There are many different talking treatments that can be effective in treating depression:
- cognitive behavioural therapy (CBT)
- group-based CBT
- interpersonal therapy (IPT)
- behavioural activation
- psychodynamic psychotherapy
- behavioural couples therapy – if you have a long-term partner, and your doctor agrees that it would be useful to involve them in your treatment.
- Mindfulness-based cognitive therapy (MBCT)
These may be recommended if your depression is more severe or other treatments haven’t helped; your doctor can prescribe medicine, often along with psychological treatments.
There’s a lot of misinformation about antidepressant medication. It can be very useful in the treatment of moderate to severe depression.
Other sources of support
Exercise has been shown to help boost mood in people with mild depression. Even a 10 minute walk every day can make wonders in the way you feel.
Eating well when experiencing postnatal depression can be a tough call but it is one of the best things that you can do for yourself and your recovery.
Make time for yourself
Try to do activities that you find relaxing and enjoyable. Ideally, the things you enjoyed doing before you became a parent.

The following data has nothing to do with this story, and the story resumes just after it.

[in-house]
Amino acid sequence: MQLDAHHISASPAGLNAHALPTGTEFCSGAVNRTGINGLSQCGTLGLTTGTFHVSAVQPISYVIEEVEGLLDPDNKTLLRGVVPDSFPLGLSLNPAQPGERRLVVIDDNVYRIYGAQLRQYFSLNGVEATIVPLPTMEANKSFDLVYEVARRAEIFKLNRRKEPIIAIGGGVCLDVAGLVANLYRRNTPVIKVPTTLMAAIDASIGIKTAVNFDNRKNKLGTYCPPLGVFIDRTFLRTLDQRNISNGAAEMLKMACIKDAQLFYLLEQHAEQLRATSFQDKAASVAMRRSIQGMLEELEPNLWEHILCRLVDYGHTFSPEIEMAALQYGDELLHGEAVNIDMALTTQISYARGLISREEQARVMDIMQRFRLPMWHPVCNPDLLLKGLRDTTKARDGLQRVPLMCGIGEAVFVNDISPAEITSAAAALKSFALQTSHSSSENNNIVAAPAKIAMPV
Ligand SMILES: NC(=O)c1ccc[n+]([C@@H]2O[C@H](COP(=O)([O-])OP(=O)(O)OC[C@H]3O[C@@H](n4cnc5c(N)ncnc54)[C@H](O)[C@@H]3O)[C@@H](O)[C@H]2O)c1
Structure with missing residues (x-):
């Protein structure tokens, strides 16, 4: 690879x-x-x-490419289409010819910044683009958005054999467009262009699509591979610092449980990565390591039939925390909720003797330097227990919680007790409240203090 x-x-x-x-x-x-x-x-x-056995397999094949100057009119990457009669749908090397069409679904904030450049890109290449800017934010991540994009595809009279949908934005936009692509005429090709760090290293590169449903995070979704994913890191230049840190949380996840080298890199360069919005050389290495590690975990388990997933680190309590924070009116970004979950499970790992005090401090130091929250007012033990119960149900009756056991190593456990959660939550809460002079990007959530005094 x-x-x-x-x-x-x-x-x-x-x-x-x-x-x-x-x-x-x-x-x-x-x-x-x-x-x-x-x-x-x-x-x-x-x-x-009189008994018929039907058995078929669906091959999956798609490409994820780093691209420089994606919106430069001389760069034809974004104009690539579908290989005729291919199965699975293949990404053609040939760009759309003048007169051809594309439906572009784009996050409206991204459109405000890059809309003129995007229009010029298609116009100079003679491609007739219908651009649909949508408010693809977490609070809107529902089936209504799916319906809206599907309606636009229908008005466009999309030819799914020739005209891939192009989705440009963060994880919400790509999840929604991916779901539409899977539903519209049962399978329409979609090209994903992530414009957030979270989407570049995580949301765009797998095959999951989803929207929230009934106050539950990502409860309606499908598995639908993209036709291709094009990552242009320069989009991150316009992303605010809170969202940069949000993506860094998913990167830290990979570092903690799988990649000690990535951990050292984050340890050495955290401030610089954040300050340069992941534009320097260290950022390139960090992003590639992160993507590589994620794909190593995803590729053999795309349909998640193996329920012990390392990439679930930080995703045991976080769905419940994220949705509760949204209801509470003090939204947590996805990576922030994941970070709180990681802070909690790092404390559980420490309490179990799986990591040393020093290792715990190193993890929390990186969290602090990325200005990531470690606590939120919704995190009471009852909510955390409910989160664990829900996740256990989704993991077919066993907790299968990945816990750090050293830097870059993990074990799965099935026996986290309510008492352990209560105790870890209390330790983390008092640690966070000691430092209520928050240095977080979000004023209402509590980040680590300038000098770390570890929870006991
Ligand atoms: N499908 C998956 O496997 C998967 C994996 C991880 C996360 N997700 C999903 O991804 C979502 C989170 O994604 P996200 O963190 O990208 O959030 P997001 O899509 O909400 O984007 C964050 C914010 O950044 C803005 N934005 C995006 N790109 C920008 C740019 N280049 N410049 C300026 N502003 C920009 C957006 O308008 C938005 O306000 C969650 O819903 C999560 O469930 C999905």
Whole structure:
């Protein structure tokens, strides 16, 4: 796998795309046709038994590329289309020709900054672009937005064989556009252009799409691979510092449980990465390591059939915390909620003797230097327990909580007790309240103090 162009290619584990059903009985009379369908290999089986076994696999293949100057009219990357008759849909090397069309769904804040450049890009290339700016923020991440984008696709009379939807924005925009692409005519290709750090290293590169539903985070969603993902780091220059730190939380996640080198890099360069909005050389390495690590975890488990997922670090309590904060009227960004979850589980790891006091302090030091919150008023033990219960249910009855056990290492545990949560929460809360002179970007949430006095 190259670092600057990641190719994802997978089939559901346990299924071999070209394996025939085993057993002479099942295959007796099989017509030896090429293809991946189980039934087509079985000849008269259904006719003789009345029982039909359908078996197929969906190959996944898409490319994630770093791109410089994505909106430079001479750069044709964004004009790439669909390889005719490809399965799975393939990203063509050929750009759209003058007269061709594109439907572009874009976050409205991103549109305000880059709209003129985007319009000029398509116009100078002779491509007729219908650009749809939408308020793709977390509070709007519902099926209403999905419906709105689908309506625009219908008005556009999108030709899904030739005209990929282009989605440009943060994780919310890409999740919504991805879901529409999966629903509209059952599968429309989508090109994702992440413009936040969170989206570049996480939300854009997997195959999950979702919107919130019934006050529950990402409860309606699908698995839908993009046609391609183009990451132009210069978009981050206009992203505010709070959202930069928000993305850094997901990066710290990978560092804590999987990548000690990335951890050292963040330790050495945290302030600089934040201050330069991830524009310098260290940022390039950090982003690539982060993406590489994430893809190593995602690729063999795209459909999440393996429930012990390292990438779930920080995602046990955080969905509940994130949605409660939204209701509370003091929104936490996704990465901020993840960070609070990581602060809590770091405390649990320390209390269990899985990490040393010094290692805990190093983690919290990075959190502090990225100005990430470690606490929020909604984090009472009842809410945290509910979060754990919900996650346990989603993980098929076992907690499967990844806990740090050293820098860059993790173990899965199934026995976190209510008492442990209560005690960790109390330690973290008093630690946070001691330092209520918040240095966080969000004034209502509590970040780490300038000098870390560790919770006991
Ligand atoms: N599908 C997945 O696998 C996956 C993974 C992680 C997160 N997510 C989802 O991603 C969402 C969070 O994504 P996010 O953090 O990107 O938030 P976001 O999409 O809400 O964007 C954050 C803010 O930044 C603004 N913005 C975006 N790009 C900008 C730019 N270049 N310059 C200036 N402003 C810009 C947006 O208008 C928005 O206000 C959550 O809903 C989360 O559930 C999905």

There are several Facebook groups for postnatal depression and anxiety. These groups are closed so their content is confidential and is visible to the members of the group only.
Of course, you can find other online forums outside Facebook too.
You can find a few support groups in your area, for instance on PANDAS Foundation UK website.
You can also visit the group called A safe place for mums, dads, and bumps I run on a regular basis in Welwyn Garden City, Herts.
As you can see, there are countless ways of how you can start feeling better and get help.
However, I know it can be really hard to take the first step, but trust me, the first one is the most important one. The next steps follow more naturally after the initial, crucial move.
If you think you might suffer depression and are not sure, don’t lose too much time trying to work it out.
You can use NHS Choices’ depression screening tool, but like I always say, as long as you feel something is not quite right, it is not ok and you need to do something about it.
Regardless of it is baby blues, depression, or “just” a low mood…
Because when it comes to health, no problem is too small.
Note: If the situation is serious, if you are concerned or feel like you are a threat to yourself or your children, call 111 immediately.